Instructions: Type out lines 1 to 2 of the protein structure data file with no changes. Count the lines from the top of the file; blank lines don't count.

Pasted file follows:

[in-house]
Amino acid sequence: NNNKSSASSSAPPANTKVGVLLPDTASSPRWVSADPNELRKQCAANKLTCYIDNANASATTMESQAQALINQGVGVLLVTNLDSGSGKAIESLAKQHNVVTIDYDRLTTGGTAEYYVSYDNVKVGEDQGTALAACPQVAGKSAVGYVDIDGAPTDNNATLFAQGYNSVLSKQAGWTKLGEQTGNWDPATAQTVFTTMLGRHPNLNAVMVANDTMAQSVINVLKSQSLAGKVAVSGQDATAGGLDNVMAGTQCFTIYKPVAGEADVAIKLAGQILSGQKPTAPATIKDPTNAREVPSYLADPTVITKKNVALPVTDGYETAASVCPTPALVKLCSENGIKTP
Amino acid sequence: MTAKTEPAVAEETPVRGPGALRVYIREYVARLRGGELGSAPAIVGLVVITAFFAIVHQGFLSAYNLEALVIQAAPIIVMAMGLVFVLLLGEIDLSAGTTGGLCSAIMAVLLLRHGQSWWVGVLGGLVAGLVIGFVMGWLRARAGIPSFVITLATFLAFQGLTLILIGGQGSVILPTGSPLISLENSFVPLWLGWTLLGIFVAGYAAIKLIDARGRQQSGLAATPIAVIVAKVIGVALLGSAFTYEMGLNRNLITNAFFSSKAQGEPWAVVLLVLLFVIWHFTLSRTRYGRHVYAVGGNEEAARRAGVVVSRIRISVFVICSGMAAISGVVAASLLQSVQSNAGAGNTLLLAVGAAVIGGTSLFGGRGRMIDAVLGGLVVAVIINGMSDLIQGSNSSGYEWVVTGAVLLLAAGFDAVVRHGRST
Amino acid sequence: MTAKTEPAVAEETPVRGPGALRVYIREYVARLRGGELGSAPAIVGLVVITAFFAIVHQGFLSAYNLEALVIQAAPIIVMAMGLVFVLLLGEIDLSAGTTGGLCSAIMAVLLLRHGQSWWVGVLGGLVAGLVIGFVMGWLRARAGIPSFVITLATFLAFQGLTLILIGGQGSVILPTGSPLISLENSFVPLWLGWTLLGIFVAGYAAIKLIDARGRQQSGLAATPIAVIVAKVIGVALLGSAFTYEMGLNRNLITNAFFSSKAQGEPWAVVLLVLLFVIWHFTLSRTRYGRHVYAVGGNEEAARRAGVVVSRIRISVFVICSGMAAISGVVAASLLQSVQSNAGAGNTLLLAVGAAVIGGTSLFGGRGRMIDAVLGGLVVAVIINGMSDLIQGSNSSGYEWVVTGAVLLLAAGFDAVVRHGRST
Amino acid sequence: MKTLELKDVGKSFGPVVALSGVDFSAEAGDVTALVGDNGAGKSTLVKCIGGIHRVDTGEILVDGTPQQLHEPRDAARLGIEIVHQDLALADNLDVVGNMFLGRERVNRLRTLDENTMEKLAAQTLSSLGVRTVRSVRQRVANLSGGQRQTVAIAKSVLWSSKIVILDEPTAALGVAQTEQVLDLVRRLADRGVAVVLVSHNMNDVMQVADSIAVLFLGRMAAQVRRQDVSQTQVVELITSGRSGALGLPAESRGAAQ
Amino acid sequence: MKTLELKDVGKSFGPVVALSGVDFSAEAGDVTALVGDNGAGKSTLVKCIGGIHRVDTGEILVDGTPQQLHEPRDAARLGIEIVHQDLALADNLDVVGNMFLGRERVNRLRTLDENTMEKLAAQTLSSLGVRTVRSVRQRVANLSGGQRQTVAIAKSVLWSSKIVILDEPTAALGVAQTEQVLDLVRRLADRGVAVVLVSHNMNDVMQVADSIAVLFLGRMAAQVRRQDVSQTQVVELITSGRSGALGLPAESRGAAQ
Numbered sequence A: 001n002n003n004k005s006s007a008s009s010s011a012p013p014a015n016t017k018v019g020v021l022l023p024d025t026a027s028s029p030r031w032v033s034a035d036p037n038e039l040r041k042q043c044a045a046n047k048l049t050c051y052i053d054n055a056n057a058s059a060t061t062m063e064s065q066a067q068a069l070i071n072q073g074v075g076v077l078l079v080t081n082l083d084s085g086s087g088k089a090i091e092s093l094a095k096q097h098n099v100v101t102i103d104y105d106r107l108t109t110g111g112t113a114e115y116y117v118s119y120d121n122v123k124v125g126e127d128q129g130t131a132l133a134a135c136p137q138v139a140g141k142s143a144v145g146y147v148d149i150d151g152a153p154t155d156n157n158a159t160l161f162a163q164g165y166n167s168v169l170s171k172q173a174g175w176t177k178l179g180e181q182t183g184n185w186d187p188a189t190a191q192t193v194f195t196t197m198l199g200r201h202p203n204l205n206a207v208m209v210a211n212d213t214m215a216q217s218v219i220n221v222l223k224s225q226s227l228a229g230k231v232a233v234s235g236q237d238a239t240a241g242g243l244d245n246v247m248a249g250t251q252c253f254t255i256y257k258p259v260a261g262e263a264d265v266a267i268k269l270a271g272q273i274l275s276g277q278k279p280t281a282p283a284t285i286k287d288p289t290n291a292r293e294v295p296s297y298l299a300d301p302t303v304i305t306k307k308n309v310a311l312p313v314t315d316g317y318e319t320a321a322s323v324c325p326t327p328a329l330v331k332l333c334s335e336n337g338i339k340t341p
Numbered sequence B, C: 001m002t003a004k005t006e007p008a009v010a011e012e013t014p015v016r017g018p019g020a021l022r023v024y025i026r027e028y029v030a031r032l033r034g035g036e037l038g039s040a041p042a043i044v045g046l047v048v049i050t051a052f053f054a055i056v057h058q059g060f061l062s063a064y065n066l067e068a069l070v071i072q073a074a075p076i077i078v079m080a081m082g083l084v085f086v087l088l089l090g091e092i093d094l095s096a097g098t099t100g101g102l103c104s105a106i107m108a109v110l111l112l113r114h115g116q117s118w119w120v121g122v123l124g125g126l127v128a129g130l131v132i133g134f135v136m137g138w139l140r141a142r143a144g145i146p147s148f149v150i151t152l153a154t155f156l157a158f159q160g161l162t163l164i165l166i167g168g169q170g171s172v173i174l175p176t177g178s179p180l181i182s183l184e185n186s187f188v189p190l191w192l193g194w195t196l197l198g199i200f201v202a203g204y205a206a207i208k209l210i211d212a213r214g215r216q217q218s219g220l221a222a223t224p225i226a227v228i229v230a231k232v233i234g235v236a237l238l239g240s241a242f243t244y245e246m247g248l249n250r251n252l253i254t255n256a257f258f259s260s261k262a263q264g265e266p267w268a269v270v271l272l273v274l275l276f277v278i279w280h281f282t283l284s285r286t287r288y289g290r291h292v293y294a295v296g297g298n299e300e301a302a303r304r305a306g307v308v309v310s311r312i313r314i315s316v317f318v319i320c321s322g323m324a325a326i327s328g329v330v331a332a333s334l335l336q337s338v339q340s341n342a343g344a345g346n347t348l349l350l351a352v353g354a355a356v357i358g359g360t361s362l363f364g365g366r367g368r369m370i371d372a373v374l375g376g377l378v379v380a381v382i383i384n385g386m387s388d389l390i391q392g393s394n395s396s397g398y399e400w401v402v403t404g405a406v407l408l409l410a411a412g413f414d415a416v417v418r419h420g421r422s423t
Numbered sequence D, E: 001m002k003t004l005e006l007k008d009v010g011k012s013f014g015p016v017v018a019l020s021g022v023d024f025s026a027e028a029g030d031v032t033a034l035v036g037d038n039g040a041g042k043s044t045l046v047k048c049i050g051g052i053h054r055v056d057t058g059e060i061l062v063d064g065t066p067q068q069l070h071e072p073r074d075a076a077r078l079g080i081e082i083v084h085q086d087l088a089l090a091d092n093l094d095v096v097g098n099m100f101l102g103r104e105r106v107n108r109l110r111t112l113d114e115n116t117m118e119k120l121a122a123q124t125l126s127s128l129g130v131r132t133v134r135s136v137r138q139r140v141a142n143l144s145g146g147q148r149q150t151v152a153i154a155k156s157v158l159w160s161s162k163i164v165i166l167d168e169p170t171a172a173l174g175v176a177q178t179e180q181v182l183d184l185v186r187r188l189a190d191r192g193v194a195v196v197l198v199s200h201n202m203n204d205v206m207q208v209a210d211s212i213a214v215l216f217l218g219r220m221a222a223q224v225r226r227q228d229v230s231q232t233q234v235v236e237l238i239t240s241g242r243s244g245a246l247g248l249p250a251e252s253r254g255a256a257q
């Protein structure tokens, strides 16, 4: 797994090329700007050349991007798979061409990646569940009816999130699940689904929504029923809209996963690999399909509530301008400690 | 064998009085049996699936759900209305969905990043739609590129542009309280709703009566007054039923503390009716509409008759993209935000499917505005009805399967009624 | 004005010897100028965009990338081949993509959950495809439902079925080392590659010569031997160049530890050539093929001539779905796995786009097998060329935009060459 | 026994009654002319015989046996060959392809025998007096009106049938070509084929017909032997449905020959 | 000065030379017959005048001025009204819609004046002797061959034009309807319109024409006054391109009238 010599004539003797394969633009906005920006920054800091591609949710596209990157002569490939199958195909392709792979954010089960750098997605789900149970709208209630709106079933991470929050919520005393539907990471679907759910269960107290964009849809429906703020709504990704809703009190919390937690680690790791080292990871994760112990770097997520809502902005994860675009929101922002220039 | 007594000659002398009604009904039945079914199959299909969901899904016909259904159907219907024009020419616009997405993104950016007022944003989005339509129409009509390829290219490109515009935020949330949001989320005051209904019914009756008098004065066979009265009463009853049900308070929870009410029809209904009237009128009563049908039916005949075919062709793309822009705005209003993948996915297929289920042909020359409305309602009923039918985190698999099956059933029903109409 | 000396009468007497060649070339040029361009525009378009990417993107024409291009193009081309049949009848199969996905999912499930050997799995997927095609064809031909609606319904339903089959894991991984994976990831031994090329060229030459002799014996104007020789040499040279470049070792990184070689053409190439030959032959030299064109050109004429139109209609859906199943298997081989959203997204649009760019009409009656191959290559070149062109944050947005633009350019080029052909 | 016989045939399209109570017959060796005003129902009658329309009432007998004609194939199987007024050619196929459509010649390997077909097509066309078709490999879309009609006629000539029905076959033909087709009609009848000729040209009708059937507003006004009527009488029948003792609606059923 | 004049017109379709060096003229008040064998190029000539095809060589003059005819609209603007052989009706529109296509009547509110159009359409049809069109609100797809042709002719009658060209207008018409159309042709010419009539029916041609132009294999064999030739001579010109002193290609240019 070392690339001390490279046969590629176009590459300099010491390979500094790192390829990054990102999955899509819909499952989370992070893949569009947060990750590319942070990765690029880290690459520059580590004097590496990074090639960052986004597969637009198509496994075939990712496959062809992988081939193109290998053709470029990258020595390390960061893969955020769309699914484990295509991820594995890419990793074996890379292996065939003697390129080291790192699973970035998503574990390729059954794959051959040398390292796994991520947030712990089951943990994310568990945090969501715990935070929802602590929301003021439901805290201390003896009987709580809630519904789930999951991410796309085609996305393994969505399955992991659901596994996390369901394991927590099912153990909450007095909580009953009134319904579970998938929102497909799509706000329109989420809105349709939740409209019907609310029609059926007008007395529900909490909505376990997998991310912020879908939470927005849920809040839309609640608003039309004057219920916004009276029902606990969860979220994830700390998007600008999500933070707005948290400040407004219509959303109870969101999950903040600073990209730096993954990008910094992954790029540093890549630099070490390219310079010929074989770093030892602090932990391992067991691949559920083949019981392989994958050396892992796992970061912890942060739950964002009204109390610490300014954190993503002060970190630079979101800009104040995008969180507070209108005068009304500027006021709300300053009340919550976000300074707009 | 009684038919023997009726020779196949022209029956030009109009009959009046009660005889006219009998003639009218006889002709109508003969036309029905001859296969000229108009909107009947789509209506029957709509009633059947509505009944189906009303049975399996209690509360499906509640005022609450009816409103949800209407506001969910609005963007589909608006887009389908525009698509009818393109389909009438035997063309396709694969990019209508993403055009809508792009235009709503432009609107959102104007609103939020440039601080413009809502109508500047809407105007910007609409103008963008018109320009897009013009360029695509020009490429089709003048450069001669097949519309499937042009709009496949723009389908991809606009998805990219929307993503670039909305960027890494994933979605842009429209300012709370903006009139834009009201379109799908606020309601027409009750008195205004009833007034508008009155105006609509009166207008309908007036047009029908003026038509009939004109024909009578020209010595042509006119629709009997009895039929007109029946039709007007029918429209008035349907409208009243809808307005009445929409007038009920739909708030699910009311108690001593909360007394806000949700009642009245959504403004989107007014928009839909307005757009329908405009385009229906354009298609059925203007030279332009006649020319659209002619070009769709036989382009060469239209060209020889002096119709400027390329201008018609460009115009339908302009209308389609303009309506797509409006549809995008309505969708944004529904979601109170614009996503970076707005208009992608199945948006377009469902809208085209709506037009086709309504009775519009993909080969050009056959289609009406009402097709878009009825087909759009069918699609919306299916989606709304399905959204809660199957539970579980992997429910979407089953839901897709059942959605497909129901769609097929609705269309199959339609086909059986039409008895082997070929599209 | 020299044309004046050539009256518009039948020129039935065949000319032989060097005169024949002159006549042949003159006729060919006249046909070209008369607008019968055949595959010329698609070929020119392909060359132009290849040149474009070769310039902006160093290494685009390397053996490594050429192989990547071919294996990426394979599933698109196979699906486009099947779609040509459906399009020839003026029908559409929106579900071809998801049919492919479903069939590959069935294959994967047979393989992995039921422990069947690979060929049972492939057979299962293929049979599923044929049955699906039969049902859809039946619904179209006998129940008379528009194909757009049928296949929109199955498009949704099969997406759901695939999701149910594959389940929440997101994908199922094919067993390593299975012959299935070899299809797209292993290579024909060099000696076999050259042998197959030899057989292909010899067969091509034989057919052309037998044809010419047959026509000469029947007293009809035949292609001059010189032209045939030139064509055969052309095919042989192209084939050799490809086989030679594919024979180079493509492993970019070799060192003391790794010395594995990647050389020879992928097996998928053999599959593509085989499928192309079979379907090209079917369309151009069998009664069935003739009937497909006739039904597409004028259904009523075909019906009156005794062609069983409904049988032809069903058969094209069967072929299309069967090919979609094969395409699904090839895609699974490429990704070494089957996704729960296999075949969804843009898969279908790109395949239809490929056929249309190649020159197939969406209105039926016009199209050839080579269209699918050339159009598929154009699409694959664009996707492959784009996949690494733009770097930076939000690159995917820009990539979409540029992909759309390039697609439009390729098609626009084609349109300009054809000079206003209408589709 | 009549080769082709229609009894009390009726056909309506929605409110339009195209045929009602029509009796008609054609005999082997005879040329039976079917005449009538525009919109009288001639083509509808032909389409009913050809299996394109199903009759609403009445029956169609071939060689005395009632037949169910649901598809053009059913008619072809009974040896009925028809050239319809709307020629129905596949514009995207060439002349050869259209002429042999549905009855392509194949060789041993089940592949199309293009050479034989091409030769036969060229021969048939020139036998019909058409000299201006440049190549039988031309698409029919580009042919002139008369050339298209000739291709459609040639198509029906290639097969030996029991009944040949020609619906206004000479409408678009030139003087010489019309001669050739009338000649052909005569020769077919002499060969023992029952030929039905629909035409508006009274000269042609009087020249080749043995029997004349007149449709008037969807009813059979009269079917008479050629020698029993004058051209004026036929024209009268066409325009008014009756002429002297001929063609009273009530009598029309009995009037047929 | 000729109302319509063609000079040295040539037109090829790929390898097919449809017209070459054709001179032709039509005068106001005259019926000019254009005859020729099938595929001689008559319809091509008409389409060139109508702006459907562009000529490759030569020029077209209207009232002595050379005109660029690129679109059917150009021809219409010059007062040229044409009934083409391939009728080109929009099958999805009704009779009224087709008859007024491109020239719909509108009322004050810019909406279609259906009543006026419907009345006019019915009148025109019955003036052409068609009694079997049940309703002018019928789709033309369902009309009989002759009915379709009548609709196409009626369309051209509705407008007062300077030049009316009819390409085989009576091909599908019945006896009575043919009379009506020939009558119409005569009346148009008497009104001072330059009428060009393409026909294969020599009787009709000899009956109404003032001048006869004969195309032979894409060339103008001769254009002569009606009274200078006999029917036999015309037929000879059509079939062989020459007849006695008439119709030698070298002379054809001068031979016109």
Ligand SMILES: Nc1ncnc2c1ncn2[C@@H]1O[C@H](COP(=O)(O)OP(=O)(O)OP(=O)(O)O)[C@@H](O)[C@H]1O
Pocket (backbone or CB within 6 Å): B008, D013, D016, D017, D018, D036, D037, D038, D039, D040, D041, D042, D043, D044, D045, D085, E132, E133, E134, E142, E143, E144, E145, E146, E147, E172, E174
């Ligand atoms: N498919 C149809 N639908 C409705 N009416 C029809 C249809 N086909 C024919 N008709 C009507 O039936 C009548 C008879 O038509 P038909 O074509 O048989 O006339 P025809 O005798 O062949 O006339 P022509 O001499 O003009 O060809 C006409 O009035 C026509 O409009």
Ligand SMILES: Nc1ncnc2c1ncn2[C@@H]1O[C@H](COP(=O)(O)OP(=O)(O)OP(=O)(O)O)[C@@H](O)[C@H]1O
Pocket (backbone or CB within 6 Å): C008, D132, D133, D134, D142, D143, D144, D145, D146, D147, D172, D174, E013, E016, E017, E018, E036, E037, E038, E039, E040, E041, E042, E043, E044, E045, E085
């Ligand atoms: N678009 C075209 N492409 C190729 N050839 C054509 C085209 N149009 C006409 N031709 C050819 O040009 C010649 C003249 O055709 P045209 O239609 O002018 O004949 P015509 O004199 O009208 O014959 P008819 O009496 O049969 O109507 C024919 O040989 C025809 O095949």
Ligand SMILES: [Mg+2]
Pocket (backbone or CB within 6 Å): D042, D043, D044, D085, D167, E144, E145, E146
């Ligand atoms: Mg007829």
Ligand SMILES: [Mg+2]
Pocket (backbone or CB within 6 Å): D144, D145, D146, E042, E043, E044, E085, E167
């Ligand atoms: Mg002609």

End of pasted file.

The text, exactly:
[in-house]
Amino acid sequence: NNNKSSASSSAPPANTKVGVLLPDTASSPRWVSADPNELRKQCAANKLTCYIDNANASATTMESQAQALINQGVGVLLVTNLDSGSGKAIESLAKQHNVVTIDYDRLTTGGTAEYYVSYDNVKVGEDQGTALAACPQVAGKSAVGYVDIDGAPTDNNATLFAQGYNSVLSKQAGWTKLGEQTGNWDPATAQTVFTTMLGRHPNLNAVMVANDTMAQSVINVLKSQSLAGKVAVSGQDATAGGLDNVMAGTQCFTIYKPVAGEADVAIKLAGQILSGQKPTAPATIKDPTNAREVPSYLADPTVITKKNVALPVTDGYETAASVCPTPALVKLCSENGIKTP